Privacy boss warns bars to be wary of information
The province’s information and privacy commissioner is telling bars and nightclubs across the province to be wary of the information they’re collecting from patrons.
David Loukidelis said an order he released last month, banning the Wild Coyote nightclub in Vancouver from scanning driver’s licences, holds implications for all bars in B.C.
His decision was that the Personal Information and Privacy Act did not allow a bar to collect personal information as a condition of being allowed into the bar.
Loukidelis responded to media reports and complaints that other bars were still scanning licences.
“I can’t stop people from making formal complaints and the pressure is going to build for us to act on that front,” he said.
“Let’s try and fix this collaboratively and do it soon.”
Owen Cameron, owner of Treoscope Technologies, which creates the software in question, said he, RCMP and Bar Watch association representatives were scheduled to meet with Loukidelis to provide proposals and discuss changes.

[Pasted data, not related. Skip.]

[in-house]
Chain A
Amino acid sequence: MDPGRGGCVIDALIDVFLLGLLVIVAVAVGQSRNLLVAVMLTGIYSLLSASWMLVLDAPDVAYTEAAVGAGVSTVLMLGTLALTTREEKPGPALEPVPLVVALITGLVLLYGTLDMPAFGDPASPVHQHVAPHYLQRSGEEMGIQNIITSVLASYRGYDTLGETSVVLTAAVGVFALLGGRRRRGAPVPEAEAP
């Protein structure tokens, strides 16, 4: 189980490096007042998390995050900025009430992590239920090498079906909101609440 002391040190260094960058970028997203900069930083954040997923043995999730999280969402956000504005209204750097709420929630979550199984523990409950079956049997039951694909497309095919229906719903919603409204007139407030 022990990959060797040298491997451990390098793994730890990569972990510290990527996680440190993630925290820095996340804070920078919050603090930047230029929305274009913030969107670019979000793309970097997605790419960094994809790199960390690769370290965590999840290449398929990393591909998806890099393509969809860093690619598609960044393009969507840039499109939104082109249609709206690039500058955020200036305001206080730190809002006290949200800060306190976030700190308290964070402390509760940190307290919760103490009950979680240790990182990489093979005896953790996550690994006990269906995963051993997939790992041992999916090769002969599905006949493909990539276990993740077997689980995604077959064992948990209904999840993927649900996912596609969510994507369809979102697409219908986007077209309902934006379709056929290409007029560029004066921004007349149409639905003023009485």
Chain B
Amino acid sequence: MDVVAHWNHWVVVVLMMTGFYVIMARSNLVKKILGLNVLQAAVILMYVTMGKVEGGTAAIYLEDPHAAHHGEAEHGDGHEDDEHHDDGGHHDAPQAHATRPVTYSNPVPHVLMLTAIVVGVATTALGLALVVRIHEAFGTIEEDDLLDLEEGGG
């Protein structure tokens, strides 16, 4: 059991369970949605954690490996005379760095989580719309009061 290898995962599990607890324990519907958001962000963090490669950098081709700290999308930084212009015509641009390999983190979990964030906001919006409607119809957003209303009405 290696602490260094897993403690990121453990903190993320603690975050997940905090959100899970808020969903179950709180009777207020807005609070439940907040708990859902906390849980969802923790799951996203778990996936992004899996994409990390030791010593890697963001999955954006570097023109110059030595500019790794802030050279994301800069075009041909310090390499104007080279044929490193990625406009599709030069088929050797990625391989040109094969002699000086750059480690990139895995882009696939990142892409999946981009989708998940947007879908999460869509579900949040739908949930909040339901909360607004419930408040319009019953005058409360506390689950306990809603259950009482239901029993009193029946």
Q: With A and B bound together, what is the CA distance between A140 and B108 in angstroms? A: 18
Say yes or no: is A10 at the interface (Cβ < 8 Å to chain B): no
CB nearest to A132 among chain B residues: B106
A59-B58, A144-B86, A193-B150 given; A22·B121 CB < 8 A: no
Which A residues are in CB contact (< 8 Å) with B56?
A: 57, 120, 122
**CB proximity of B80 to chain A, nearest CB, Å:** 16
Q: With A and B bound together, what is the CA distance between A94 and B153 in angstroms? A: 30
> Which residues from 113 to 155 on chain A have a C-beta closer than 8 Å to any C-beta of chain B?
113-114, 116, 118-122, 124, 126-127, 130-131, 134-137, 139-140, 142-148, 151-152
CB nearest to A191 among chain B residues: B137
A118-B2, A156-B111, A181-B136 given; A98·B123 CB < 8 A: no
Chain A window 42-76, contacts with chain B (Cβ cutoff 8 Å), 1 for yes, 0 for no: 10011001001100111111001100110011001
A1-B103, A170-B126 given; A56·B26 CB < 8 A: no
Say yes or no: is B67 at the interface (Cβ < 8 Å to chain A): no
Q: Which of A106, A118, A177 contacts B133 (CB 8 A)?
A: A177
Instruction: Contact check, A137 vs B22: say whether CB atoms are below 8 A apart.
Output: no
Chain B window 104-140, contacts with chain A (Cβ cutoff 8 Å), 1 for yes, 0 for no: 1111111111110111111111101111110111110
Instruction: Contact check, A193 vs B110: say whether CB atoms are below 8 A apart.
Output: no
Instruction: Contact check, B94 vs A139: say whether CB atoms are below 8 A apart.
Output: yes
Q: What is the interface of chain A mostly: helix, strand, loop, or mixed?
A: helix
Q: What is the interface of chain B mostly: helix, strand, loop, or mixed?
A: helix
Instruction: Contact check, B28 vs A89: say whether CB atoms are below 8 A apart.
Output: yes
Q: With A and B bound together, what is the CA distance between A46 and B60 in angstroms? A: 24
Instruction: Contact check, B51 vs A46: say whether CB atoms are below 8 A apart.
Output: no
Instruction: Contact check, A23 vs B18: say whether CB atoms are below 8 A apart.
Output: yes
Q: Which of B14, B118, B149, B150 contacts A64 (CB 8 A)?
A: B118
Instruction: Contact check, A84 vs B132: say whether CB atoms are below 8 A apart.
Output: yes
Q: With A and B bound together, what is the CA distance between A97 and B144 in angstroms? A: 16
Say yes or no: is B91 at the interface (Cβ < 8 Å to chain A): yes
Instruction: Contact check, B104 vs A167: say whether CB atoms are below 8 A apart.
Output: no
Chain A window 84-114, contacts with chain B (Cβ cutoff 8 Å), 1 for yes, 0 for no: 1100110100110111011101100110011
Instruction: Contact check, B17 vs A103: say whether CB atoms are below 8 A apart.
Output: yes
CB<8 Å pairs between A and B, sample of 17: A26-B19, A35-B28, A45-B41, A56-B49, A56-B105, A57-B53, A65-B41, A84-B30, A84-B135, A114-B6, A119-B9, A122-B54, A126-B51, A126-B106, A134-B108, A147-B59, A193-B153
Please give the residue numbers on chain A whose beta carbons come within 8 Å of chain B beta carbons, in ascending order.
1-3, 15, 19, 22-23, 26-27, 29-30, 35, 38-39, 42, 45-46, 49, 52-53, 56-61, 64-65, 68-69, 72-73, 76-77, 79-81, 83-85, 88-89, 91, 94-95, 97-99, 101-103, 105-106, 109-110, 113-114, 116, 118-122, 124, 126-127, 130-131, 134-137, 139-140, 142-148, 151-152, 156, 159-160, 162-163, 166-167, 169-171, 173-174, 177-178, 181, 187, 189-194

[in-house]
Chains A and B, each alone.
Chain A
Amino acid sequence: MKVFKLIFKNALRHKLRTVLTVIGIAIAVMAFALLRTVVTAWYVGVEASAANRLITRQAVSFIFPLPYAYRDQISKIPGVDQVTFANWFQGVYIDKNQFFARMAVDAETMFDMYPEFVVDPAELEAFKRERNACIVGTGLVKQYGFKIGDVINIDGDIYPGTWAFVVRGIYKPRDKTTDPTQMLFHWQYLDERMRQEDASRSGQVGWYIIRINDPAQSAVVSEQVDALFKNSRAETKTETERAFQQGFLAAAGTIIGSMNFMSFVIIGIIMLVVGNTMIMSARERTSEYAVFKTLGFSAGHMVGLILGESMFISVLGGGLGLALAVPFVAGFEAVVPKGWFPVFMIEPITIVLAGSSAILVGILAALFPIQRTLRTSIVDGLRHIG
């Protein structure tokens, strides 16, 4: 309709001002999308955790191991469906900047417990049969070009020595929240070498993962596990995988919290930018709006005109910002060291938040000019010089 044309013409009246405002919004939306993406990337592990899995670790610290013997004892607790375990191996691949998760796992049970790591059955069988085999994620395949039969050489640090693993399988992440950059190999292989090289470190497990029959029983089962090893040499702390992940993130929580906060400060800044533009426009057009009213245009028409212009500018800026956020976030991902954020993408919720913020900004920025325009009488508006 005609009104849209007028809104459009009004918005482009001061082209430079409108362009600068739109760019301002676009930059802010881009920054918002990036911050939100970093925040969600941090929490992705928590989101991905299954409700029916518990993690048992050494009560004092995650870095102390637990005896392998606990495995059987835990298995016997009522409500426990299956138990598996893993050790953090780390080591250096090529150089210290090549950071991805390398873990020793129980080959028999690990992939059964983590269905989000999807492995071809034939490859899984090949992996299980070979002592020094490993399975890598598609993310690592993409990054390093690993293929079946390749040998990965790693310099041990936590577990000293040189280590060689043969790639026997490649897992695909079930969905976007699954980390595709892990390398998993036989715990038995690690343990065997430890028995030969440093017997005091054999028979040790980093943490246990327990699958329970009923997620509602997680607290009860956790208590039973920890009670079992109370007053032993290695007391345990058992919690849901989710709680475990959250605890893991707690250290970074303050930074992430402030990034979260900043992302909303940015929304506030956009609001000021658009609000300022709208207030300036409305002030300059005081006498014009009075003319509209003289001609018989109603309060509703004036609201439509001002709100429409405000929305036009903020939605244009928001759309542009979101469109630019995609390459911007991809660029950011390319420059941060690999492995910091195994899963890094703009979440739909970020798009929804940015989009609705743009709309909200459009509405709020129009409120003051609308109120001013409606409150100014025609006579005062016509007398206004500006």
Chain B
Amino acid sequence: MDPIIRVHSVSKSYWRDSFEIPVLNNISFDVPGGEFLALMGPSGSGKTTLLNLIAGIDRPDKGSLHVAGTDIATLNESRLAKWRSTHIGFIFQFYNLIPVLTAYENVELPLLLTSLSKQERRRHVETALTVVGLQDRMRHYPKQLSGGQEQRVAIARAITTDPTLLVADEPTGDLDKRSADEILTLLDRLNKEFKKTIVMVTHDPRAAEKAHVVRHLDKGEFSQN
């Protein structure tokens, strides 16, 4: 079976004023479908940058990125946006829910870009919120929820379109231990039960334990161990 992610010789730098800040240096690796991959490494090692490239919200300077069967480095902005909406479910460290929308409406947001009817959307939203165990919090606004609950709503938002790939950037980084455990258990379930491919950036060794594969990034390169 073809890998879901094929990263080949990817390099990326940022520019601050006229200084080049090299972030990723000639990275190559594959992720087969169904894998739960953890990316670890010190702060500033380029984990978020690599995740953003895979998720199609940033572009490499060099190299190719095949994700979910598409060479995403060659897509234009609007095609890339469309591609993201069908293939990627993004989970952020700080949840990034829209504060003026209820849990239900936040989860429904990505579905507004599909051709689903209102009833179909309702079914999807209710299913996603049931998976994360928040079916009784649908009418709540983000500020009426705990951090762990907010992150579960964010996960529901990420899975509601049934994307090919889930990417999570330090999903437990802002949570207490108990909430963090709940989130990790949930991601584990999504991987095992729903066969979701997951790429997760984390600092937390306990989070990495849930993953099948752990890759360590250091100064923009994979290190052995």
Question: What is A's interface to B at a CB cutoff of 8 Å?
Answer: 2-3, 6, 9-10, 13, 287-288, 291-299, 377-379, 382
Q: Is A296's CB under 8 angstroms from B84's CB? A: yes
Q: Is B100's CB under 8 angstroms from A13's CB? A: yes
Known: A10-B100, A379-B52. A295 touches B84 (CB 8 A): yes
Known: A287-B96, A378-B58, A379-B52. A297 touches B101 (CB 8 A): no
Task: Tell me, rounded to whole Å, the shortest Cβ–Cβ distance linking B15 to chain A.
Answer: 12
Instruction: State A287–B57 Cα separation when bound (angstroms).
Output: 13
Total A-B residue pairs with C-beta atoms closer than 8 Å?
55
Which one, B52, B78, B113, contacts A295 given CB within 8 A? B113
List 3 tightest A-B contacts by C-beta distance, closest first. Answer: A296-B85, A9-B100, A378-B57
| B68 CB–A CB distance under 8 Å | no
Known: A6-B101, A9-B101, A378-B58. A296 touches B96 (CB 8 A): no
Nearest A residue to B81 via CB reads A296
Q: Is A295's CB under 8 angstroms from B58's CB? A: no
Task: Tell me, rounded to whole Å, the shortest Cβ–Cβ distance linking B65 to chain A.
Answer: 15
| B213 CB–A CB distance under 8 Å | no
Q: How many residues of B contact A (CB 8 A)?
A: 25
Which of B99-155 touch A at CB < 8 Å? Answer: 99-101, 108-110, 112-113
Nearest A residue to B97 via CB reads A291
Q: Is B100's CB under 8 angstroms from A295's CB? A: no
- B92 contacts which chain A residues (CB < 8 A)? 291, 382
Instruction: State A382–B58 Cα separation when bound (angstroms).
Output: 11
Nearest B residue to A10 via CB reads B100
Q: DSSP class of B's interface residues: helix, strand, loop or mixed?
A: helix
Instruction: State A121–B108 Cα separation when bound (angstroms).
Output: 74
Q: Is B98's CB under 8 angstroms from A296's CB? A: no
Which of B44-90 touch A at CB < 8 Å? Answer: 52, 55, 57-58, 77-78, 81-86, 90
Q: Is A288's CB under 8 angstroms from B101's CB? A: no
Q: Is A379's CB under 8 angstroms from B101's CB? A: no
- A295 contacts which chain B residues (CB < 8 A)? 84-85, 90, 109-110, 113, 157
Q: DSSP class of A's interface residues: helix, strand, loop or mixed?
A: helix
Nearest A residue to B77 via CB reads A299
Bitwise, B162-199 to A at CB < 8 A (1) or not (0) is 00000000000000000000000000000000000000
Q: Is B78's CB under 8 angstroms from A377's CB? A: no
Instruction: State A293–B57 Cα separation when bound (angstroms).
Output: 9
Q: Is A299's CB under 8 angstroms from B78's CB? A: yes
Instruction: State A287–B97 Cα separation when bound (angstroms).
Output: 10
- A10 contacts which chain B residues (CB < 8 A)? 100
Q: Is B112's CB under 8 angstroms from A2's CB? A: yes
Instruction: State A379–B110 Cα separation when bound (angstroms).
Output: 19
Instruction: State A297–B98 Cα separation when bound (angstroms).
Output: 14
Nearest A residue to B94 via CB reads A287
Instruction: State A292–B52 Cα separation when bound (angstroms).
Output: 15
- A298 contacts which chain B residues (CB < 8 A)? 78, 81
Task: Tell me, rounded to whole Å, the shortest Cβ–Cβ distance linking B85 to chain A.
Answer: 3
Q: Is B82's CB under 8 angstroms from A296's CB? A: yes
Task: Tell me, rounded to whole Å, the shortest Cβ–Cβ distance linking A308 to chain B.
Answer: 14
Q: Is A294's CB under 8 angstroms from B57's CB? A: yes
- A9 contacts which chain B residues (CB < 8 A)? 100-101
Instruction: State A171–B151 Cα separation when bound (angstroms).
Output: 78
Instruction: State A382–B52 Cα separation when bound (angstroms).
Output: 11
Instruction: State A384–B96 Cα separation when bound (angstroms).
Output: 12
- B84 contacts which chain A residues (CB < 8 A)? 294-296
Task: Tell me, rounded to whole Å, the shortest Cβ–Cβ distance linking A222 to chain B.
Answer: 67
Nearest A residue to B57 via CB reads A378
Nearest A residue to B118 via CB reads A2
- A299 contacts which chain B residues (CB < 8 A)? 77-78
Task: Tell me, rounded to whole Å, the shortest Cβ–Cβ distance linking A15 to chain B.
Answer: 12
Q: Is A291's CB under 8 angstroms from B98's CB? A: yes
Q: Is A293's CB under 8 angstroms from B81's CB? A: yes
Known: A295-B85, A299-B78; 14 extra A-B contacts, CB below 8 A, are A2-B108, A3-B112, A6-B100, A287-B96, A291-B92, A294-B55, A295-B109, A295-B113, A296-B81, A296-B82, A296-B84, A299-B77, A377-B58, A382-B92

“He does not say it’s illegal, but he wants people to respect the import of his decision,” Cameron said.
He said to shut down all scanning, Loukidelis would need to investigate each bar and nightclub on a case-by-case basis.
Cactus Jacks is believed to be the only nightclub in Kamloops to employ the technology.
Cameron also warned shutting down this security measure would have serious consequences.
“You’re just inviting in every troublemaker out there who you’ve been denying for so long,” he said.
“Well, they’re going to go out of their way to make your life miserable (if scanning is removed].”